With the help of OpenAI, Discord finally adds chat summaries | Engadget

Surprise, Discord is partnering with OpenAI to integrate ChatGPT throughout the app. There’s a chatbot, obviously, but the company also plans to use machine learning in a handful of newer and potentially useful ways. Starting next week, the company will begin rolling out a public experiment that will improve Clyde, the built-in bot Discord employs to notify users of bugs and respond to their slash commands, with chat capabilities. Judging by the demo he showed, Discord envisions people turning to Clyde for information they would have gotten from Google in the past. For example, you can ask the chatbot for the local time where someone on your server lives to decide if it would be appropriate to send them a message. You can summon Clyde at any time, even in private conversations between your friends, by typing @Clyde.


Discord is quick to point out that Clyde is programmed not to bother you or your friends. Administrators can also disable the chatbot if they don’t want to use the feature on their server. The first time you activate Clyde, Discord will display a subscription message. For users concerned about privacy, Anjney Midha, Discord’s director of platform ecosystem, told Engadget that the company is not sharing user data with OpenAI to help the startup train its machine learning models.

Aside from Clyde, Discord is using OpenAI technology to improve AutoMod, the automated content moderation tool the company introduced last June. As an update, server administrators and moderators can configure AutoMod to automatically detect and block inappropriate messages before they’re posted by creating a list of words and phrases they don’t want to see. In the nine months since it started rolling out AutoMod, Discord says the feature has blocked more than 45 million spam messages.

In the future, the tool will use large language models to interpret and apply the server rules. In practice, this should make AutoMod able to detect and take action against people who try to go against a community’s norms and expectations. In a demo, Discord showed that AutoMod took action against someone who tried to circumvent a server rule against self-promotion by writing their message in a different language. In that case, AutoMod was not preprogrammed to search for a specific word or phrase, but could use the context to infer that there was a possible violation.

Screenshot of AutoMod, showing the tool's new ability to enforce server rules.


According to Midha, Discord has been exploring how machine learning can improve user security for a while. While she didn’t have any initial data to share on AutoMod’s new capabilities, she said the early results are “super promising,” adding that she’s “never seen anything like it.” The new and improved AutoMod will be rolling out to select servers starting today.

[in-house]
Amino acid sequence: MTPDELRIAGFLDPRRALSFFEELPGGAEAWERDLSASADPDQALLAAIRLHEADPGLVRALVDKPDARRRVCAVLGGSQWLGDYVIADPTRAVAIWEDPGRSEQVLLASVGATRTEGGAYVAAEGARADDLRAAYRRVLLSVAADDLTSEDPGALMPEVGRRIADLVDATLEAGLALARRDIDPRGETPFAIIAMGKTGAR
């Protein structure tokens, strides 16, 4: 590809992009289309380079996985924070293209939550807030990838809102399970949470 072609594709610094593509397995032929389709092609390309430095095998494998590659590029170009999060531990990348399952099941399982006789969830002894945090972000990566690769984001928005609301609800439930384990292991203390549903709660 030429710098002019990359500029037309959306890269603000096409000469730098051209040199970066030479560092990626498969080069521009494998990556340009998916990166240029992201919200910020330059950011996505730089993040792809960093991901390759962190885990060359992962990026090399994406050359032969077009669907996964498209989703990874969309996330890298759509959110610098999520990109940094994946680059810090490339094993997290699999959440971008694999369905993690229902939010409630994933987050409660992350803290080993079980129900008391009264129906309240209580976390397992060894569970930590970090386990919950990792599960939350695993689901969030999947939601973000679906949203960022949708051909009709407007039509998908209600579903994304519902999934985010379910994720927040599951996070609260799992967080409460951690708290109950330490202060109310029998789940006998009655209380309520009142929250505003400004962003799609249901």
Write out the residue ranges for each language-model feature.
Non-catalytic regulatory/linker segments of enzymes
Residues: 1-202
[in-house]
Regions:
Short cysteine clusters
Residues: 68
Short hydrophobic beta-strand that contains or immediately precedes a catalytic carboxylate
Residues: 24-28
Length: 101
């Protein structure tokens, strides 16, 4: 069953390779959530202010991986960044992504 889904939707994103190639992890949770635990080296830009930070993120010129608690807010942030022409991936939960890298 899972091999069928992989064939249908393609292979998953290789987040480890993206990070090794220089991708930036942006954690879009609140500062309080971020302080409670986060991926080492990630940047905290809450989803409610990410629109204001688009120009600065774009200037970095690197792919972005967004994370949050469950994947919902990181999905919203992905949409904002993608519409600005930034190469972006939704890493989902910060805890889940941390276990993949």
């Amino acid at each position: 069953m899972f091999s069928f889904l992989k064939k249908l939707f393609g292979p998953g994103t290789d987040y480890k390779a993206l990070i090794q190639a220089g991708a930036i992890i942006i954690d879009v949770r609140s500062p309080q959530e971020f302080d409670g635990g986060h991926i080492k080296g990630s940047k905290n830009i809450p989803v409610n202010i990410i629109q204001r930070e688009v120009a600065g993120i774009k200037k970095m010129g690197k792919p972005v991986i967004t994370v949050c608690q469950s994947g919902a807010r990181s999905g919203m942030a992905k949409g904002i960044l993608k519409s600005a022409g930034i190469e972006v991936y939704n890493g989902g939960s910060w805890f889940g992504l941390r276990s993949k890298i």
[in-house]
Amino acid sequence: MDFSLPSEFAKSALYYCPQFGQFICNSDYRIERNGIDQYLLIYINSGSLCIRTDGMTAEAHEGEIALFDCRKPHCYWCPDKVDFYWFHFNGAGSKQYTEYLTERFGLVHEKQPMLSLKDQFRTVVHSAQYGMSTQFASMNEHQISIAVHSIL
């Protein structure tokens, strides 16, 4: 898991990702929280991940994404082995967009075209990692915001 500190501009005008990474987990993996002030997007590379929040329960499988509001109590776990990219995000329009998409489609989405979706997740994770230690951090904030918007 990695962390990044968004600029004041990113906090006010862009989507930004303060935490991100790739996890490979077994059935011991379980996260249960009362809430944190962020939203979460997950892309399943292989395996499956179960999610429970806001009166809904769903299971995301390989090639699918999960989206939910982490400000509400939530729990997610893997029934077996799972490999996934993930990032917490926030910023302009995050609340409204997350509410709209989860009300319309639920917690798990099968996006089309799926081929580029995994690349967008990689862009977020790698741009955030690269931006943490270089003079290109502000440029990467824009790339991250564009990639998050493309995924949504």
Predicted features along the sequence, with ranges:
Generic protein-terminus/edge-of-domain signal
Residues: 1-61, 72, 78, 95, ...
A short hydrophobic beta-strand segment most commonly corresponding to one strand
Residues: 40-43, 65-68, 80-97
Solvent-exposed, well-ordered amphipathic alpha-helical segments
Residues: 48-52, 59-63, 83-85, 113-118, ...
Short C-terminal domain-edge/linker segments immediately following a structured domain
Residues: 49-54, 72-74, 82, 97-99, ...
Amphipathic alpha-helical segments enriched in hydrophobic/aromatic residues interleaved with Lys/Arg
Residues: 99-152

If you’re the type of person who uses Discord primarily to chat with friends, the Clyde and AutoMod updates probably won’t drastically change your experience with the app, especially since many other apps already offer ChatGPT integration. But Discord is also using OpenAI technology to power a feature everyone should find useful: conversation summaries. If you’ve ever joined a large server only to immediately feel like you can’t keep up with some of its most active members, this feature promises to solve one of Discord’s pain points. When it hits a limited number of servers next week, the feature will start creating packages designed to give you an overview of chats you may have missed while you weren’t in the app. Each package will include a title, a summary of what was said and the images that were shared, as well as a record of who participated. You won’t have to scroll endlessly to try to piece together something you missed.

It might seem like Discord is just another tech company in the generative AI craze, but Midha wants users to know that machine learning has been a part of Discord’s identity for a while. Every month, more than 30 million people use AI applications through the platform, and nearly 3 million servers include at least one AI experience. On GitHub, many machine learning projects feature links to Discord servers, a fact Midha attributes to Discord as a natural place for those conversations to start. With its emphasis on bringing friends and communities together, the company believes it has an edge over the competition.

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James D. Brown
James D. Brown
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